Attorney(s) appearing for the Case
Jas. W. Arnold, Abit Nix, Athens, Ga., for appellant.
James H. Fort, Asst. U. S. Atty., John P. Cowart, U. S. Atty., Macon, Ga., for appellee.
Before SIBLEY, RUSSELL, and RIVES, Circuit Judges.
United States Court of Appeals Fifth Circuit.
RIVES, Circuit Judge.
Appellants were indicted in August 1947, for conspiracy to violate the Internal Revenue laws prohibiting the distillation, transportation and sale of nontax paid whiskey.1 The overt acts charged were alleged to have occurred in 1943, 1944 and 1945. The appellants were tried before a jury in December 1949, and found guilty. They appealed and this court affirmed their conviction on October 30, 1950.2 Thereafter, without first obtaining leave of this court, appellants filed with the district court a motion for new trial under Rule 33, Federal Rules of Criminal Procedure, 18 U.S.C.A. based upon alleged newly discovered evidence. On account of illness of appellants' counsel the district court postponed the hearing of the motion until May 15, 1951. On that date, after hearing arguments the court overruled the motion and this appeal ensued.
At the outset we are confronted with the question of whether after the conviction of appellants and the affirmance of their conviction by this court the district court had jurisdiction to consider and decide the motion for new trial on the ground of the alleged newly discovered evidence without leave being first obtained from this court. Previous to the adoption of the Criminal Appeals Rules of 1933 and of the present Federal Rules of Criminal Procedure, that question clearly must have been answered in the negative.3
The Federal Rules of Criminal Procedure apply to all criminal proceedings as well in this court as in the district court.4 Rule 33 of Federal Rules of Criminal Procedure was preceded by Rule II(3) of the Criminal Appeals Rules.5 The policy of the rules was to confine the power of the trial judge to grant a new trial within definite time periods.6 Under Rule 33, the motion on the ground of newly discovered evidence may be made within two years "after final judgment"; on any other grounds the motion must be made within 5 days "after verdict or finding of guilty". The quoted terms were used also in the earlier rule. We think the distinction between the two quoted phrases is significant and that "final judgment" includes in the present case the mandate of affirmance from this court.7 That construction comports with the simplicity in procedure enjoined by Rule 2 and allows the proceeding to be initiated in the district court as it may be in cases where an appeal is pending.8 This court has treated an order denying a motion for new trial on the ground of newly discovered evidence though made after the affirmance of the judgment on appeal and denial of certiorari by the Supreme Court as being permitted and allowed by Rule 33.9 We shall follow that precedent and hold that the district court had jurisdiction to consider and decide the motion.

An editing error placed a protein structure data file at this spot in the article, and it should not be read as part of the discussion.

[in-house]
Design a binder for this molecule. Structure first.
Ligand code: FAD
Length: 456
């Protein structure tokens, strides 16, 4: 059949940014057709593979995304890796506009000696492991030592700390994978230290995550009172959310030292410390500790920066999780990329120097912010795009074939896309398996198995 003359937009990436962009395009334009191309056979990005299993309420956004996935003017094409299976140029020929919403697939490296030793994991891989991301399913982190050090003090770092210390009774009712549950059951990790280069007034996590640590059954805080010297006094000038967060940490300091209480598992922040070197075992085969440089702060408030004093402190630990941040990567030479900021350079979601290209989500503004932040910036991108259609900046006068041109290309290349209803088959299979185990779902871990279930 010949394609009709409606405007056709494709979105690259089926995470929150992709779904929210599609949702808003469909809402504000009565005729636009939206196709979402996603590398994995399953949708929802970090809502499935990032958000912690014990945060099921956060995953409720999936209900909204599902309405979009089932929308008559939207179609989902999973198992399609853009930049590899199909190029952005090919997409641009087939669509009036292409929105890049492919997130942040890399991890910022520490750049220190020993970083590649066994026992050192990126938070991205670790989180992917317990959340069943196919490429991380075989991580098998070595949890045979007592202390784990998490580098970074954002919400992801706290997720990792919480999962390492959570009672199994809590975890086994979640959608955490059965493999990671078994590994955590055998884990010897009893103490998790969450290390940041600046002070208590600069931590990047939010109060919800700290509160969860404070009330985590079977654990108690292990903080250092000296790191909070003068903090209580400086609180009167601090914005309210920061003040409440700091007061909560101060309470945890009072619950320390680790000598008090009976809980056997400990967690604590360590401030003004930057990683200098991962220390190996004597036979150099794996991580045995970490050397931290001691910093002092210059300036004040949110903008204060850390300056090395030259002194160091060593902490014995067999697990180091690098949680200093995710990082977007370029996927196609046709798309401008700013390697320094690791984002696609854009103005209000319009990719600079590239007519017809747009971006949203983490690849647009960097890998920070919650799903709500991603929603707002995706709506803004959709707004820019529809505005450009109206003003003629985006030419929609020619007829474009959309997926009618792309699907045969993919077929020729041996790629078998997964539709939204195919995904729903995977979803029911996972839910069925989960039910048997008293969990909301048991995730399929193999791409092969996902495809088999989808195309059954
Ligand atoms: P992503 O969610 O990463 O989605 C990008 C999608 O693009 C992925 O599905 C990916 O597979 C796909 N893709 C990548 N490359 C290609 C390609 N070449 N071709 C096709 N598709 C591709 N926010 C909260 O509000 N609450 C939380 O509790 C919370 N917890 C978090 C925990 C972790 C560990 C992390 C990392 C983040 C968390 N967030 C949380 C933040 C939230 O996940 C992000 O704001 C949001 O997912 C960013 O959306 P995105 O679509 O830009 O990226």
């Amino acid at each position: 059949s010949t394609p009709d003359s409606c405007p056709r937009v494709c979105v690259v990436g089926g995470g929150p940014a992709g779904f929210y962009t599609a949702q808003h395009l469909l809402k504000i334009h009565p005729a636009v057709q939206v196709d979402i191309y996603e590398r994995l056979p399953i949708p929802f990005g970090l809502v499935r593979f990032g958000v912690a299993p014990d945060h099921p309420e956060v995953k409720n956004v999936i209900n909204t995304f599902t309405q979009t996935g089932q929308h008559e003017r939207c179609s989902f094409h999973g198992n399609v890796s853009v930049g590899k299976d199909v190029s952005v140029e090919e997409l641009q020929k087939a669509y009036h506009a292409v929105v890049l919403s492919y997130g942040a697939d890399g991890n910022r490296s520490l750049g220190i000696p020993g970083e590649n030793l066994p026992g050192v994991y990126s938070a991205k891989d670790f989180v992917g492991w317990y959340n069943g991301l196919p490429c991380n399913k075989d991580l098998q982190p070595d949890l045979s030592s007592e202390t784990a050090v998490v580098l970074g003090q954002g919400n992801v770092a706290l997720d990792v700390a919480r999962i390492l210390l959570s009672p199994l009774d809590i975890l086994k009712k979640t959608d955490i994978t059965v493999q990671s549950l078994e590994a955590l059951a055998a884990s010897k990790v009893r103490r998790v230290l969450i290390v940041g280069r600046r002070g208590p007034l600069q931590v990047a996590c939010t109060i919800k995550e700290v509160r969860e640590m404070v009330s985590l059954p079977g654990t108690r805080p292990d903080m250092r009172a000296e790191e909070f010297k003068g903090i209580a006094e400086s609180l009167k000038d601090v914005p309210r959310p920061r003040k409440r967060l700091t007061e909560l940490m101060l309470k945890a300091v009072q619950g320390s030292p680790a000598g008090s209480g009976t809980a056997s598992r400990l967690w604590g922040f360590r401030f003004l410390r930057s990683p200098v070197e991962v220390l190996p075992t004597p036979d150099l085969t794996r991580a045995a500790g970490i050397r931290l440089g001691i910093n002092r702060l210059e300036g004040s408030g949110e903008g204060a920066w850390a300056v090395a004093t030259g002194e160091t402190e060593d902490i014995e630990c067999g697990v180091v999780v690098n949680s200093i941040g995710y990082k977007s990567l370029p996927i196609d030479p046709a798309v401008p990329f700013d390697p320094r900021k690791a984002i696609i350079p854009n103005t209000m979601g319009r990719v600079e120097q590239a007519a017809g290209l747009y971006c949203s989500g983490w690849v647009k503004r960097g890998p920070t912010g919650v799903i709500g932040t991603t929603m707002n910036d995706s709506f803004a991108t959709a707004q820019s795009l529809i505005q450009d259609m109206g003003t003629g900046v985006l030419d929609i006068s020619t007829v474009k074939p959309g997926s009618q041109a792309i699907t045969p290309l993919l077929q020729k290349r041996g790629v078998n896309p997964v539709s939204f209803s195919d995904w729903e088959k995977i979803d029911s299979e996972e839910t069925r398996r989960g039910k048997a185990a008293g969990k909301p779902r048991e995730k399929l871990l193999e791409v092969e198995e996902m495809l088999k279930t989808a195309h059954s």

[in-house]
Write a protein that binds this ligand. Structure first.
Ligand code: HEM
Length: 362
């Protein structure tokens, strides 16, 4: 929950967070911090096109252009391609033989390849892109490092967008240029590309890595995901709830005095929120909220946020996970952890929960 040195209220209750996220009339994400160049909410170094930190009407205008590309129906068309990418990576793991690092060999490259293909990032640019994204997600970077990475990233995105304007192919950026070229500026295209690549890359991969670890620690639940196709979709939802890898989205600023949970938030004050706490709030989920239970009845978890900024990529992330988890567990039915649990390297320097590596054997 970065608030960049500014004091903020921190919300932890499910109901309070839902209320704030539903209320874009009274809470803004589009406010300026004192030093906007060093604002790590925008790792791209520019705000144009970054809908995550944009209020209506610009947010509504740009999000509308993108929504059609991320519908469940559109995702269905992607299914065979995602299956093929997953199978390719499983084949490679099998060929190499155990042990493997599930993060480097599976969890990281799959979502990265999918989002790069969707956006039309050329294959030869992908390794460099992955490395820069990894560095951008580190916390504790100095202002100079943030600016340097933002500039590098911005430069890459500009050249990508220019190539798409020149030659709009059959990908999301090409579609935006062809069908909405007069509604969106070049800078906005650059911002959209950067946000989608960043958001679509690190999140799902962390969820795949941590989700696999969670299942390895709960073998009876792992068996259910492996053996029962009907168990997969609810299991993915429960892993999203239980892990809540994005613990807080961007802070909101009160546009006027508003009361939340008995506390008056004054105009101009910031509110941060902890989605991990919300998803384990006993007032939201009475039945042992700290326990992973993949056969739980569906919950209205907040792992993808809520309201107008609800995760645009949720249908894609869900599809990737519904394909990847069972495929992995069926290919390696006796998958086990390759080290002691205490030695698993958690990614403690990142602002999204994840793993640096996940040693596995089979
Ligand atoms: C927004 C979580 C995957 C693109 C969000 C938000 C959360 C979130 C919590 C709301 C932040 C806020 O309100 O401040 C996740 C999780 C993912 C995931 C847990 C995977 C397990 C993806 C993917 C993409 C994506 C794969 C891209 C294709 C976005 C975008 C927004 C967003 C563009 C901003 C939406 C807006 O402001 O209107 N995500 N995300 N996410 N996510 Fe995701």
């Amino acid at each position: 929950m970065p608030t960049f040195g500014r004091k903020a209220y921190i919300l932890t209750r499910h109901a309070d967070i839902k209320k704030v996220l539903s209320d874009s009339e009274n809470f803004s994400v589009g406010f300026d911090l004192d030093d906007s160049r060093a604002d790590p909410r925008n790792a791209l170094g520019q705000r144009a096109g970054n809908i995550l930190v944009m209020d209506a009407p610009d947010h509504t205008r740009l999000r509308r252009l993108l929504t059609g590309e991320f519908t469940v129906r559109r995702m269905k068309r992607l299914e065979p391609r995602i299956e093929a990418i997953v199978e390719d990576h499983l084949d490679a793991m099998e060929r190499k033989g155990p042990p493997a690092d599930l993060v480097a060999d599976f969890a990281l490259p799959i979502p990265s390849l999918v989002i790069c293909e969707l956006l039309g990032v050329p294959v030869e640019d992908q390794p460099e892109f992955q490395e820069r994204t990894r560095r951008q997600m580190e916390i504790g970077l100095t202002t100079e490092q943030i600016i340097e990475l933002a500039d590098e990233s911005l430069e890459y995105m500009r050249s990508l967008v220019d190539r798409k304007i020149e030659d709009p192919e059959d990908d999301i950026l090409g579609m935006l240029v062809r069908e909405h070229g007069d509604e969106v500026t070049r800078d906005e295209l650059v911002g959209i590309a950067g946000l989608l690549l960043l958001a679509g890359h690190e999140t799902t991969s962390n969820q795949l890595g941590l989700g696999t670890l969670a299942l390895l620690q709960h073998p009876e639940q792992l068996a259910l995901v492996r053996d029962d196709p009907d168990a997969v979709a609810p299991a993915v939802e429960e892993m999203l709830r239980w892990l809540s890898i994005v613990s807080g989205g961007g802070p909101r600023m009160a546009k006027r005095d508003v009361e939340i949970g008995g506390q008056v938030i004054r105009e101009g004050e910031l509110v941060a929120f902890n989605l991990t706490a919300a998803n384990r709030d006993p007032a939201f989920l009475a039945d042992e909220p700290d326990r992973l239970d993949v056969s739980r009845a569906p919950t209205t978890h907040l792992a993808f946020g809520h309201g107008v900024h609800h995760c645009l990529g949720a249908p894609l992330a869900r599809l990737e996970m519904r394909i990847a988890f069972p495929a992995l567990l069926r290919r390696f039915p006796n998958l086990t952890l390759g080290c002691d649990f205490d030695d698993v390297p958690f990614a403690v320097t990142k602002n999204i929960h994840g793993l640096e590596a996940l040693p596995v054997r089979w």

It seems now to be settled that the order overruling the motion for new trial is a final order from which an appeal will lie.10 However, the court cannot substitute its judgment on the facts for that of the trial judge; it has no power to try the facts de novo; it can review the record for errors of law only, to determine, among other things, whether the trial judge has abused his discretion.11
Woodie Hill was the main prosecuting witness for the government at appellants' trial. That witness now recants his previous testimony and in substance swears that the evidence he gave against them was untrue and that appellants never had any interest in or connection with his activities in the manufacture of illicit whiskey. His testimony on the original trial had gone into details of the operation of the various stills. He had then admitted that he had been before the Grand Jury twice and had at first refused to give evidence against the appellants and he swore that that was because of his fear of the appellant Harrison. His affidavit now states that he has never been afraid of Harrison. The circumstances of how that affidavit was obtained, admittedly without solicitation of appellants' counsel, and only a few hours before the argument of the motion on May 15, 1951, are clouded in mystery.
The trial judge, from his knowledge of the original trial, from having heard the witnesses testify and observed their demeanor on the stand, was better qualified than is this court to pass on the affidavits.12 We do not find that the trial judge abused his discretion in overruling the motion for new trial.13 The judgment is therefore